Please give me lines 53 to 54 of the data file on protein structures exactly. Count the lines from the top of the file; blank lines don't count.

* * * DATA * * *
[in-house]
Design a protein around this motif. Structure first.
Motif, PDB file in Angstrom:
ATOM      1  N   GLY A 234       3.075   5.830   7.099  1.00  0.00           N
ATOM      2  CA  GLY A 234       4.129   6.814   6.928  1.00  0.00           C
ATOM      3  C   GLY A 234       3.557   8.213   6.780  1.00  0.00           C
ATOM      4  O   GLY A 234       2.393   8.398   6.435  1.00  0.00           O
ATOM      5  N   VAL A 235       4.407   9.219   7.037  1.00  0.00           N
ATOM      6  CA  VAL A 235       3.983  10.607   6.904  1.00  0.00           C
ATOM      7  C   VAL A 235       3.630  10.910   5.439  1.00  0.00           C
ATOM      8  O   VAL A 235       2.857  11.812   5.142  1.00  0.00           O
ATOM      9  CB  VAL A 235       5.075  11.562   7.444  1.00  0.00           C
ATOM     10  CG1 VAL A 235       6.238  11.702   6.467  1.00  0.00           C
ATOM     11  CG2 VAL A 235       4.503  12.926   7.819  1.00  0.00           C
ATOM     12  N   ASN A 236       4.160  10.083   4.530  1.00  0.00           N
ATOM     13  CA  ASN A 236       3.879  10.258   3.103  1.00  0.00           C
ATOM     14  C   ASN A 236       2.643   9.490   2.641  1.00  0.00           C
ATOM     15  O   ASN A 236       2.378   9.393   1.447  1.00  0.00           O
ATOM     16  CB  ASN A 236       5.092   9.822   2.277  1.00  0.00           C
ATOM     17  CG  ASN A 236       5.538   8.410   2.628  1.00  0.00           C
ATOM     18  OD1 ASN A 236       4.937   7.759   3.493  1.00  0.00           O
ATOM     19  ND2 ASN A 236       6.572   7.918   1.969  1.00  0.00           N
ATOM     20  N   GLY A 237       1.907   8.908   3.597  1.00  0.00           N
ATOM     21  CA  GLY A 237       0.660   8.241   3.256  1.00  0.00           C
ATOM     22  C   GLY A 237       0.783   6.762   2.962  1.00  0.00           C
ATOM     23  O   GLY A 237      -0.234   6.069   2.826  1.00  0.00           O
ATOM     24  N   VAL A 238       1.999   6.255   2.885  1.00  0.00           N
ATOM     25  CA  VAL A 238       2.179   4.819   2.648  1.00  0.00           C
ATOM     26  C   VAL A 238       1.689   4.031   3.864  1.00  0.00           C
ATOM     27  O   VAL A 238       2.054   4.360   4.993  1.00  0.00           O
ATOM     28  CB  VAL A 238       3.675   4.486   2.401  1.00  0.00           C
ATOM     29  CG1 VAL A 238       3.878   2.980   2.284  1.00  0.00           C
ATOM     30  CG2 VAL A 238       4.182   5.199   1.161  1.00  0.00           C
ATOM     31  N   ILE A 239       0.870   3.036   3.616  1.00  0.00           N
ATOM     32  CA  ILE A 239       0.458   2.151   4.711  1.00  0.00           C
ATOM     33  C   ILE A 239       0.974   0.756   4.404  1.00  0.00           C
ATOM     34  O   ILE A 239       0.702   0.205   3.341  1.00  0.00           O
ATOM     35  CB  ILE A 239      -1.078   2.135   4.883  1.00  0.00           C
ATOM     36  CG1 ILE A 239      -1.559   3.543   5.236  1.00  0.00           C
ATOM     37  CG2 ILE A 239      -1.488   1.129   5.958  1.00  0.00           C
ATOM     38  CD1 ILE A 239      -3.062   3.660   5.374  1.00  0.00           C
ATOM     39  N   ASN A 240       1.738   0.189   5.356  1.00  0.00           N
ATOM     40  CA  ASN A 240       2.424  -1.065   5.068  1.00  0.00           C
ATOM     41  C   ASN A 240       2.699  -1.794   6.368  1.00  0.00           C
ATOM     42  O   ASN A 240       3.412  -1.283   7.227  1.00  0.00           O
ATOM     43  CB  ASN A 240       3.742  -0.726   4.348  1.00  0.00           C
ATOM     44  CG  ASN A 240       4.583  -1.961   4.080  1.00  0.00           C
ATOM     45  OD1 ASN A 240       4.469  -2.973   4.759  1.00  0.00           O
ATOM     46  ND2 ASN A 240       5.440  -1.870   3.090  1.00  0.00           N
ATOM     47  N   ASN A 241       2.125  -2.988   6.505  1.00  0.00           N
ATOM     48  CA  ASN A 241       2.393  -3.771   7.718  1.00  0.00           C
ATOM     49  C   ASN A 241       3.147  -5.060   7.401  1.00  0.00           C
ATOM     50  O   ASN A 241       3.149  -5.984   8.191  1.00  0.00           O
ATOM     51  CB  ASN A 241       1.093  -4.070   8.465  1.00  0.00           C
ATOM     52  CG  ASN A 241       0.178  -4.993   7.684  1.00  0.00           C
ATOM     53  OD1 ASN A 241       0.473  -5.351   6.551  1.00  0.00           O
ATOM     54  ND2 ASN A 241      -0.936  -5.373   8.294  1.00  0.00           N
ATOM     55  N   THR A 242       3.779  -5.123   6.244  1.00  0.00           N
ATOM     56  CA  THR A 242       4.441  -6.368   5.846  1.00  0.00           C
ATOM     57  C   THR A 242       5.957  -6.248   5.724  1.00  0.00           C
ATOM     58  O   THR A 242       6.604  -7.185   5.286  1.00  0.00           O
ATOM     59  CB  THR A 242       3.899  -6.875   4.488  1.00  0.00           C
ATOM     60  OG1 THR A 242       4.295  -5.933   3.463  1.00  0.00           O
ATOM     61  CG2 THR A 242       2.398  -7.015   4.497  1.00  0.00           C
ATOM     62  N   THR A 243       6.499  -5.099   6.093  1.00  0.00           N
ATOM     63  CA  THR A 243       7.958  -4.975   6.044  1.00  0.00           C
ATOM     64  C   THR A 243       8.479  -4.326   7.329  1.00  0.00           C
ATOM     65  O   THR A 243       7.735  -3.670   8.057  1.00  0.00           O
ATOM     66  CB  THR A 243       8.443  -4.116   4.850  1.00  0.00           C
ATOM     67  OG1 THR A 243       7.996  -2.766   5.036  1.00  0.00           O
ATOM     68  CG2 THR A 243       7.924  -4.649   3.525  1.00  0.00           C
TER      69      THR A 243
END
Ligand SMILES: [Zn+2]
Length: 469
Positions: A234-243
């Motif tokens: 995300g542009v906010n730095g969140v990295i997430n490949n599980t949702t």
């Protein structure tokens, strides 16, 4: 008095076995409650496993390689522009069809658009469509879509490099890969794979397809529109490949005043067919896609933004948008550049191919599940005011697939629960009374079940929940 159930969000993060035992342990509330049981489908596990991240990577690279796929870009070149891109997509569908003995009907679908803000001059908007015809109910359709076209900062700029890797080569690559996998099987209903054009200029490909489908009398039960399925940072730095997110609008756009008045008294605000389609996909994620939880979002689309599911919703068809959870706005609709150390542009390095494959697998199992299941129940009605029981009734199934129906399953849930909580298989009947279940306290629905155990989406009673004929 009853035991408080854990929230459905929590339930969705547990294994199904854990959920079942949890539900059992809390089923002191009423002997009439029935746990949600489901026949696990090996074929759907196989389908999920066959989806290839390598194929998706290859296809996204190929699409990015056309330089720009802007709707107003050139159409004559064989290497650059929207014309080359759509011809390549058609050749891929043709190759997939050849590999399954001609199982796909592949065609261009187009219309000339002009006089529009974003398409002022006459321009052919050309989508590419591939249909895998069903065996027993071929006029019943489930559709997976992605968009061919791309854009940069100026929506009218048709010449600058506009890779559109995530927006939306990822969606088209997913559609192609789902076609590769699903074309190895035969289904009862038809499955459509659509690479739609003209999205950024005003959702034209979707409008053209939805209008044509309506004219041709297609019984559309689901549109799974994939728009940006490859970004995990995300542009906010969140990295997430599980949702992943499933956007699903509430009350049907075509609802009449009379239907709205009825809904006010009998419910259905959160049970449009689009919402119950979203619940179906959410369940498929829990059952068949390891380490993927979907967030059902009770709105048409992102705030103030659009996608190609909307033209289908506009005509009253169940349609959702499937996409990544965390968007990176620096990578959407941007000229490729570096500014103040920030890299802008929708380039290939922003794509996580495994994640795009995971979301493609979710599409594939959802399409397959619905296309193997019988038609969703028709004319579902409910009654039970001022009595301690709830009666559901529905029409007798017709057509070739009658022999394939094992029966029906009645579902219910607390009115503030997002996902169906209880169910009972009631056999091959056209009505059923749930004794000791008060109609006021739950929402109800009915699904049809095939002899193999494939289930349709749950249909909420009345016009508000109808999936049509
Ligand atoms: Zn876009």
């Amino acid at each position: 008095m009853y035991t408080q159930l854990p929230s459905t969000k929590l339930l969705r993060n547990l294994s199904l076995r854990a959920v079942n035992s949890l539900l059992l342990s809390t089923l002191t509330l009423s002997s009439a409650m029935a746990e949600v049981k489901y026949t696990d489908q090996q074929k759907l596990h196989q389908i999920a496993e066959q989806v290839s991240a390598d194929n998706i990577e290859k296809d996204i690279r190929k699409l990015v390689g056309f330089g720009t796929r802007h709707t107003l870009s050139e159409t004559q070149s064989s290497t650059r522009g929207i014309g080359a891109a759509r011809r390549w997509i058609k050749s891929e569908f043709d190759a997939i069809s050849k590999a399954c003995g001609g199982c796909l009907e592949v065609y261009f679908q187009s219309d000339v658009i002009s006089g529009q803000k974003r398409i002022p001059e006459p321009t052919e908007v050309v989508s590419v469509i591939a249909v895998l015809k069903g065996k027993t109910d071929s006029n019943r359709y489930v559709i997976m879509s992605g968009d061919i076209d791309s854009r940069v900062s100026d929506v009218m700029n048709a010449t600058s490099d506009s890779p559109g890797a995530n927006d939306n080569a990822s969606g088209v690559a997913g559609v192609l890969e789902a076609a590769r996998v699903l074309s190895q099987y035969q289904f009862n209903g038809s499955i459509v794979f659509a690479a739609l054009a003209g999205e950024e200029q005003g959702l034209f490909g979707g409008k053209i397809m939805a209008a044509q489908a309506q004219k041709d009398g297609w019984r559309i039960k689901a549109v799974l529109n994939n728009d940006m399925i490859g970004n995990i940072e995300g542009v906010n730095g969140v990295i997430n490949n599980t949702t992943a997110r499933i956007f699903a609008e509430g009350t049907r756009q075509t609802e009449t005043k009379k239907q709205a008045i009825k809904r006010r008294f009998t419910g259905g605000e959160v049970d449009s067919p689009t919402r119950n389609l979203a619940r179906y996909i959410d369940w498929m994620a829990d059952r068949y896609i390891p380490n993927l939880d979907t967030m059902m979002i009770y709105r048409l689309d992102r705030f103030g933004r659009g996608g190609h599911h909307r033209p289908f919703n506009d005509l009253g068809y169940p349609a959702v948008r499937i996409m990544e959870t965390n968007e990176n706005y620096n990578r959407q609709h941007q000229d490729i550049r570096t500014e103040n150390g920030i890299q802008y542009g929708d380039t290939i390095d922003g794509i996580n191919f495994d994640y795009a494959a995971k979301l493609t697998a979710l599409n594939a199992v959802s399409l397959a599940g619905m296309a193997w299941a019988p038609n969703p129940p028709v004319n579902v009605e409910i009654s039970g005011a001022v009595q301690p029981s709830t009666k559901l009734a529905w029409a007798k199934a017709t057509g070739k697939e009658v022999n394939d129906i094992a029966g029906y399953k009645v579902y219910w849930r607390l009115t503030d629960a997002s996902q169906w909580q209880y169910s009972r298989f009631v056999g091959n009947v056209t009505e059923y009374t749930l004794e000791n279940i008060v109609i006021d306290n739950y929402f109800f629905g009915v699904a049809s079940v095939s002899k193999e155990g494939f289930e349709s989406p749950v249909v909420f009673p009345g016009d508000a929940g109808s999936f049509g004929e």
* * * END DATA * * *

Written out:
ATOM     50  O   ASN A 241       3.149  -5.984   8.191  1.00  0.00           O
ATOM     51  CB  ASN A 241       1.093  -4.070   8.465  1.00  0.00           C